This day in Willie Nelson history: Willie Nelson & Family performs for Leroy Bank depositors (11/14/1988)

Saturday, November 14th, 2015

On November 14, 1988, Willie Nelson performed a concert to benefit the Leroy Bank customers in Waco.

August 19, 1988

Waco (AP) — A Willie Nelson concert to benefit the depositors of a failed bank is back on track and scheduled for another coliseum, after the Baylor University president canceled the original show.

Plans for the singer to perform at the Ferrell Special Events Center were abandoned after Baylor University President Herbert Reynolds, citing “concern for the health and well-being of the American people,” canceled the program.

But concert promoter Tom Gresham of Austin said Wednesday that Nelson authorized him to proceed with plans for a concert at the heart O’ Texas Coliseum to benefit the depositors of the failed Leroy Bank, a private bank northeast of Waco.

Some of the 600 depositors who lost their savings at the bank responded happily Wednesday after hearing the news.

“Knowing Willie like we do and him being a local person, we though he’d find anothe rplace to have his concert,” said Otis Richardson.  “He’s a kindhearted fellow, not a greedy man.”

Nelson grew up in Abbott.  Gresham estimates the concert could raise $35,000 for the depositors.

The show is scheduled for Nov. 14.

Willie Nelson supports the troops

Wednesday, November 11th, 2015

Thank you to friend Kelly, from Texas, for this photo.

Brooke Army Medical Center in San Antonio, Texas (Feb. 2006)



Willie Nelson featured in Earth in Concert Exhibit (opens Nov. 12, 2015)

Wednesday, November 4th, 2015



Today our planet faces many challenges. As we lose important species every year, we also lose their unique contributions to their ecosystems, and the diversity of life on our planet—called biodiversity—shrinks. Scientists and environmentalists around the world are working in creative ways to protect biodiversity and ensure a healthy planet now and for future generations. Some very dedicated and concerned musicians are also helping.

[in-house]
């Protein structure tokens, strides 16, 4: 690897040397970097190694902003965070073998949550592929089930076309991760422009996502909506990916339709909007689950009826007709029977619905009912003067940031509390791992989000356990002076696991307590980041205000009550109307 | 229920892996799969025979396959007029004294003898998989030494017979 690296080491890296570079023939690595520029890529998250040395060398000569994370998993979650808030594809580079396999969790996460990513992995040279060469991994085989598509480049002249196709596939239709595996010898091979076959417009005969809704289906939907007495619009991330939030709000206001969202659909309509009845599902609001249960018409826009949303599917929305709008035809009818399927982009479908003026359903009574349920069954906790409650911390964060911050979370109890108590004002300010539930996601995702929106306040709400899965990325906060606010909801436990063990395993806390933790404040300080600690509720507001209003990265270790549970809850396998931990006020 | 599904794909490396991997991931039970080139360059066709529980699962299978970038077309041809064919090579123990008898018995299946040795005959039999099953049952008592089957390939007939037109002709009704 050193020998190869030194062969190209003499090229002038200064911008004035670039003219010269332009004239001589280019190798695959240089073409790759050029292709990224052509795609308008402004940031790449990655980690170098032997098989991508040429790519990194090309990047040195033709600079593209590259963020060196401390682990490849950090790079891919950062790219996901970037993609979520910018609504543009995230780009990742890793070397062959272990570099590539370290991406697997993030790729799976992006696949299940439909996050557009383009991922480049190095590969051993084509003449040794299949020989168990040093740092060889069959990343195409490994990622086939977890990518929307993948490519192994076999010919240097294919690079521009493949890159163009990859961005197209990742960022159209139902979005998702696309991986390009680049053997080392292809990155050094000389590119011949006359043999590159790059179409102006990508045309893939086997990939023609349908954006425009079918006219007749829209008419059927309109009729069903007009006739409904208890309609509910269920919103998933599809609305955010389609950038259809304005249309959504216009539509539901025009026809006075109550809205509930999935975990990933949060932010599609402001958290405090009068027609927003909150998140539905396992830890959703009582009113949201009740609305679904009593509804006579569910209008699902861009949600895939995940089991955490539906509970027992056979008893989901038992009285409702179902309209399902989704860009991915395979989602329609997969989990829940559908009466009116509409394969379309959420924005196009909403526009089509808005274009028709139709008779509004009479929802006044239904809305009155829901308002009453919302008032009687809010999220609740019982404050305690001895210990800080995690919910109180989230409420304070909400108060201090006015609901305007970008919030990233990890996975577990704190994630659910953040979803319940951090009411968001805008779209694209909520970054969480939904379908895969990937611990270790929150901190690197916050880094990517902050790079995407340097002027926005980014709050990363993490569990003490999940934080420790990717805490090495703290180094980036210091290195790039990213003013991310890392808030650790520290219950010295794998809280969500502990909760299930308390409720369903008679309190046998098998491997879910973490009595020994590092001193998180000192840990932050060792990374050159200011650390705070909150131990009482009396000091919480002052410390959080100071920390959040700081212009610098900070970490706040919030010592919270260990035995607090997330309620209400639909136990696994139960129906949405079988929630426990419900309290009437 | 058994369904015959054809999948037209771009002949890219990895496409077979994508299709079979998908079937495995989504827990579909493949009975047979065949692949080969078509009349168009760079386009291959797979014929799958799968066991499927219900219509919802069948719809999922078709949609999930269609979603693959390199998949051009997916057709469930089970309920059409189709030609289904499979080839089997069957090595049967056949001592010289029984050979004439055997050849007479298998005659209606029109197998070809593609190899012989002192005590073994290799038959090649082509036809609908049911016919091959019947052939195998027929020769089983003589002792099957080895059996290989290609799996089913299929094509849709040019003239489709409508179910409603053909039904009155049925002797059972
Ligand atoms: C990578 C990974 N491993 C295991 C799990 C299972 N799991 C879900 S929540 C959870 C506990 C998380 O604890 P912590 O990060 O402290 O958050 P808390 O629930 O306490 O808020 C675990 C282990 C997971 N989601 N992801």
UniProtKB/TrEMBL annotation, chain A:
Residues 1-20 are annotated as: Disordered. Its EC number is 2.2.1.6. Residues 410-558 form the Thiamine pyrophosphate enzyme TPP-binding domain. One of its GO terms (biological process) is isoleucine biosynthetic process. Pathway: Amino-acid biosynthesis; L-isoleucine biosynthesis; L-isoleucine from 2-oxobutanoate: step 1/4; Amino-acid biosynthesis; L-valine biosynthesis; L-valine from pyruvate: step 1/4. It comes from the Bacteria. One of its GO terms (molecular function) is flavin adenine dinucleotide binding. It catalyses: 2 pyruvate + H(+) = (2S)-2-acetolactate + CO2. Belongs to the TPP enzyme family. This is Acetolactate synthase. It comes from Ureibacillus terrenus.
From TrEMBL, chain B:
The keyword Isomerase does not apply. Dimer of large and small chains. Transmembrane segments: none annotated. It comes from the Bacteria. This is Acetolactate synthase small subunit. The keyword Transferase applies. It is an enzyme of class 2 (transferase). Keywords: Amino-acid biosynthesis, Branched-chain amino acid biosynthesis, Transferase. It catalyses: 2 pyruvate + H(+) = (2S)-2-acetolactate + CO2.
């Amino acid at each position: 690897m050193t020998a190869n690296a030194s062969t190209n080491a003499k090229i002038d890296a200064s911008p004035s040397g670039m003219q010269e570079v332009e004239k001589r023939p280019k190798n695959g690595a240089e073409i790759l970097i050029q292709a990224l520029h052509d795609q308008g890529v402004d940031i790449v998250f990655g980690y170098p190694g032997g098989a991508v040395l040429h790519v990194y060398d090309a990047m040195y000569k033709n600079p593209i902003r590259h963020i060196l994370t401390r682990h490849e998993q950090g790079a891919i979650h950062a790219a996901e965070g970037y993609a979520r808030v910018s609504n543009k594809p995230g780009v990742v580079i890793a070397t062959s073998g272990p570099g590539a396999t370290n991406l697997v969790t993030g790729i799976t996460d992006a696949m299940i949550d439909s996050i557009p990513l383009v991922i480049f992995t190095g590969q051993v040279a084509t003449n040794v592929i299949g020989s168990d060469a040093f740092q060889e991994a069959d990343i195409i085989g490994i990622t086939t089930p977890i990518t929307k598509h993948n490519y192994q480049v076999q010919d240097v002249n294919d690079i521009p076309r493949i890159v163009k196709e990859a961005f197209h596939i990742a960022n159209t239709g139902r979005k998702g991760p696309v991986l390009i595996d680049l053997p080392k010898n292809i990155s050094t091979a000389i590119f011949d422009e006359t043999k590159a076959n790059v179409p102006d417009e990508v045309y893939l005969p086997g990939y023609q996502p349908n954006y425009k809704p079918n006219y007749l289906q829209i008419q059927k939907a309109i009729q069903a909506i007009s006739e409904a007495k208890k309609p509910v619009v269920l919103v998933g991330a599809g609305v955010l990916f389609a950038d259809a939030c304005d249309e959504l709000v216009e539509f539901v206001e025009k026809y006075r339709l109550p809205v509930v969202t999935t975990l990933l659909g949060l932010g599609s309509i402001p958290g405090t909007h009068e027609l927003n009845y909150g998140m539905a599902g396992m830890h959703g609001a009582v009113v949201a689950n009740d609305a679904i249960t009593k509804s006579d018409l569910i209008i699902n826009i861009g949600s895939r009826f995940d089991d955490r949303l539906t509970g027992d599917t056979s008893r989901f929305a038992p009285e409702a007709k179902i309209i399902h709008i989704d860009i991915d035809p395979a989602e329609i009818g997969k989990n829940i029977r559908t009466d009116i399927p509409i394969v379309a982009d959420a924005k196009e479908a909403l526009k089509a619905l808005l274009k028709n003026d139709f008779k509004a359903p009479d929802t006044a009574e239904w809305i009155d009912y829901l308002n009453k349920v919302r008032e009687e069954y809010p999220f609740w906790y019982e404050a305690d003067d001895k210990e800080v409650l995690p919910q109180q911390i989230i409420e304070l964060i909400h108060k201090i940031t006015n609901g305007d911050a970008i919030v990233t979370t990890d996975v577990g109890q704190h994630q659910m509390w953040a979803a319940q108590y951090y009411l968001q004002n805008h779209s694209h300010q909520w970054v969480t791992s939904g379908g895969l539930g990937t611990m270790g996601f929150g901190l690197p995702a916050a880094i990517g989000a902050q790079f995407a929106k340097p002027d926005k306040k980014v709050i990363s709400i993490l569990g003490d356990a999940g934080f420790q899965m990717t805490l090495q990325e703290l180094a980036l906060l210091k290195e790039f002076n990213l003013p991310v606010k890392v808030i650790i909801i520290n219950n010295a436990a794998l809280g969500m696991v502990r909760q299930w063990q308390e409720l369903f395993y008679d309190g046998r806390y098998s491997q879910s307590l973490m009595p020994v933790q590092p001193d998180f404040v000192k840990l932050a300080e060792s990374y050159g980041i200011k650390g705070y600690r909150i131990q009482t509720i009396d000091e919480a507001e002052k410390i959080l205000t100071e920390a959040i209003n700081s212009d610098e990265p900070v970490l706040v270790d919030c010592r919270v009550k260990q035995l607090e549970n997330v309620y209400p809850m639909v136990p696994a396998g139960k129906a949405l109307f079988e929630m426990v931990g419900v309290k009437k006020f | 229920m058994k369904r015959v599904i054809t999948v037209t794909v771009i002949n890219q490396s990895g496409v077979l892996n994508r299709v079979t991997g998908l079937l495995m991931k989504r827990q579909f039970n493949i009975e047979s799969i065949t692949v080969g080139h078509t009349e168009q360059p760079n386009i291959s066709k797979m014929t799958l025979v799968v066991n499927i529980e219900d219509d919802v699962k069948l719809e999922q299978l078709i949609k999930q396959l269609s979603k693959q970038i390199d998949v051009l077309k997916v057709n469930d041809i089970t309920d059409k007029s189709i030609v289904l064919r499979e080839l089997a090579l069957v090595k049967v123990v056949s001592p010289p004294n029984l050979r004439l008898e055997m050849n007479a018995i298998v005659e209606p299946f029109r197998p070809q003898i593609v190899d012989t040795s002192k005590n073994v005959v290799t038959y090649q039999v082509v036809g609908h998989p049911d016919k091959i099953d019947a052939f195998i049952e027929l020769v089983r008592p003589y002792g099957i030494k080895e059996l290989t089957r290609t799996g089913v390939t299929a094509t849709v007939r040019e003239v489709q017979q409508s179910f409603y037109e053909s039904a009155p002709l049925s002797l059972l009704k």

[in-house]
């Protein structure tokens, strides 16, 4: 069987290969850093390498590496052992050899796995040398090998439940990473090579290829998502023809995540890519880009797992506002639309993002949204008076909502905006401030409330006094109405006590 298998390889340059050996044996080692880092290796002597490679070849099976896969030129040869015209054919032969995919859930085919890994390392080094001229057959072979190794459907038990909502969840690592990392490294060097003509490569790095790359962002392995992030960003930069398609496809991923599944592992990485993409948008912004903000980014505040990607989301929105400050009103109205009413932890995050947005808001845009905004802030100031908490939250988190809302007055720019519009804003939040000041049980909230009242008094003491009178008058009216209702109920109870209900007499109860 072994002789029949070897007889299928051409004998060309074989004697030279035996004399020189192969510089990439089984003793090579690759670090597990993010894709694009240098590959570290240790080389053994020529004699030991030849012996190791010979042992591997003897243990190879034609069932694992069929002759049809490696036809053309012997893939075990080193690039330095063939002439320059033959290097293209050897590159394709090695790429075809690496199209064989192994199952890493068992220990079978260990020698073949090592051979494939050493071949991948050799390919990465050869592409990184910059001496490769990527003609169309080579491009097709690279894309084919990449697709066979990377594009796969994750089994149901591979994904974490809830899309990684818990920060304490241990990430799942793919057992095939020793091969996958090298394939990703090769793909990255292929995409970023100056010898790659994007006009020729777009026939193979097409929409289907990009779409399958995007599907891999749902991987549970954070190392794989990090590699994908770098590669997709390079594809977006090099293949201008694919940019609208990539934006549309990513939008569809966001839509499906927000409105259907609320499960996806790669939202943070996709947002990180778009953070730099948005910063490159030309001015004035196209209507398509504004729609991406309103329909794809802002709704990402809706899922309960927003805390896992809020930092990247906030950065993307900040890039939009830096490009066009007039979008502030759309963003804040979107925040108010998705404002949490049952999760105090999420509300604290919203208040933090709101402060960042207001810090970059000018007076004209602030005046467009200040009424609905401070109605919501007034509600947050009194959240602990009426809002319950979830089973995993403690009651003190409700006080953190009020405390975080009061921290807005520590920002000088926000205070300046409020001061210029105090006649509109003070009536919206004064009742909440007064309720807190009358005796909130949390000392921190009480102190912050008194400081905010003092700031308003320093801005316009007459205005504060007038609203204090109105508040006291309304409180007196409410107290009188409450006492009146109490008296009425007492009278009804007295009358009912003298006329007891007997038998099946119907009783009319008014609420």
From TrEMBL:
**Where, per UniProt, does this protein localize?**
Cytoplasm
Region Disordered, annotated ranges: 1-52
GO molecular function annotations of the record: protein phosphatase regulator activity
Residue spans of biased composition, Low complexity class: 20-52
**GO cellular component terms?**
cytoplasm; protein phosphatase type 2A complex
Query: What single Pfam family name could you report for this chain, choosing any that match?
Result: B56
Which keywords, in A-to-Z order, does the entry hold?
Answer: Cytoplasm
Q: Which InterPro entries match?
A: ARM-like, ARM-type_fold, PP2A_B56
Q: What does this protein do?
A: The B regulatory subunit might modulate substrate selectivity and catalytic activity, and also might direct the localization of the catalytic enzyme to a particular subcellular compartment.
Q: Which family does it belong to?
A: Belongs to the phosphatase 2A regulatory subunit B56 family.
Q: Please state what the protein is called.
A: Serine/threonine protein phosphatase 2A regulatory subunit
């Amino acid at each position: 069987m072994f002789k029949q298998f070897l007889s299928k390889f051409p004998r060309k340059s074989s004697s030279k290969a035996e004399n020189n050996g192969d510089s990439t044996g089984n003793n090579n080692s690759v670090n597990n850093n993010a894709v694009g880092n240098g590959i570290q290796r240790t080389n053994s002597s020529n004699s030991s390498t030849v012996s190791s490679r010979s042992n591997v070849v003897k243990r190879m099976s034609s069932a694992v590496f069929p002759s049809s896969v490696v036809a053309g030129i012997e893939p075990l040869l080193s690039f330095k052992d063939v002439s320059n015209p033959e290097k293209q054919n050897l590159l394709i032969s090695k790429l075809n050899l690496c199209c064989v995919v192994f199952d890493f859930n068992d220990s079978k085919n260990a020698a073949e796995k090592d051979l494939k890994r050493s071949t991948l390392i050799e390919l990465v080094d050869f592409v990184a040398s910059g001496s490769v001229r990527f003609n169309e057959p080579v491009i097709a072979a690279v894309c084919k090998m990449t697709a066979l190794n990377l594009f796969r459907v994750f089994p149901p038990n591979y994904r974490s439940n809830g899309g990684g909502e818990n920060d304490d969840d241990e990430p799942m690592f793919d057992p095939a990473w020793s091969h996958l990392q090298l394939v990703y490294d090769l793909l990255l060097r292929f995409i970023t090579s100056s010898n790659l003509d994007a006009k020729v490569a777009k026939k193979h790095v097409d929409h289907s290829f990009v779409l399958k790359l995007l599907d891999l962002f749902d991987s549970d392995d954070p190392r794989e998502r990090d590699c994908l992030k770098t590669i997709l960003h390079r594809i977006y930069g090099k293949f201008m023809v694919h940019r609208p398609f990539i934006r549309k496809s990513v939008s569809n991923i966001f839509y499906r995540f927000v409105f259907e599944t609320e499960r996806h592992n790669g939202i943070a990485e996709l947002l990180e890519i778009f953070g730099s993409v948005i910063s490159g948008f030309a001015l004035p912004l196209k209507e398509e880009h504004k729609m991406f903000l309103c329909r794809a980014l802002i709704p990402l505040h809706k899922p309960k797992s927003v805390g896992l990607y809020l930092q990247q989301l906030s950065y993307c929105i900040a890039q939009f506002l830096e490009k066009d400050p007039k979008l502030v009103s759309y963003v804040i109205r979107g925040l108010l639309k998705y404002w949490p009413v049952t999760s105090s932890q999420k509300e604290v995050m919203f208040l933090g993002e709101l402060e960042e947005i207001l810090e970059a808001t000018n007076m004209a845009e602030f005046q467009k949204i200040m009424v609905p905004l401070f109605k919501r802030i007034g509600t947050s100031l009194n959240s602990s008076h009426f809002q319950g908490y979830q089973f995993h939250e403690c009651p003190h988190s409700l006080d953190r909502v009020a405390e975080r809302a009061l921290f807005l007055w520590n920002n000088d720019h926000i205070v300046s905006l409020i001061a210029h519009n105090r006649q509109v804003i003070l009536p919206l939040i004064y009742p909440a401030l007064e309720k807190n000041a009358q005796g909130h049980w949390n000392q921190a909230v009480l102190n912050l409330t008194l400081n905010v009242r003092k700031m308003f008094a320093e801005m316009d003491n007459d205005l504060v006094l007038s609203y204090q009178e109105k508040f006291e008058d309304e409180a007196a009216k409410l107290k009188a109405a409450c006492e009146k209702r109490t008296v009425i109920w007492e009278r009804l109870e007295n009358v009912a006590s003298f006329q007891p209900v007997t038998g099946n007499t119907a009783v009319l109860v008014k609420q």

The California Science Center, the GRAMMY Museum, and Global Wildlife Conservation have partnered to create a one-of-a-kind exhibit that examines the status of the Earth’s biodiversity, while exploring how artists like Sheryl Crow, Jack Johnson, Ziggy Marley, Willie Nelson, Sting, and Pharrell Williams have helped raise awareness of the global issues that present threats to our planet. Through original compositions, unique footage, and personal artifacts from well-known musicians, as well as multimedia and interactive exhibits, Earth in Concert: Protecting the Planet through Music examines Earth’s ecosystems and the health of biodiversity in our oceans, grasslands and forests.


Some things you’ll do:

  • Discover the diversity of species that settle on tropical coral reefs.
  • Help complete a new composition by musician Jack Johnson about reducing plastic pollution in the ocean to inspire others to action.
  • Listen to animal calls and match the sounds to the species that made them, just like real ecologists do to explore biodiversity.
  • Use sounds of nature to compose a wild symphony and discover how positive action works to keep the Earth in Concert.

Explore the contributions of leading artists and scientists as they use their talents to preserve our natural world. Earth in Concert opens at the California Science Center on November 12, 2015.

Free admission.

California Science Center
700 Exposition Park Drive
Los Angeles, CA 90037

(323) 724-3623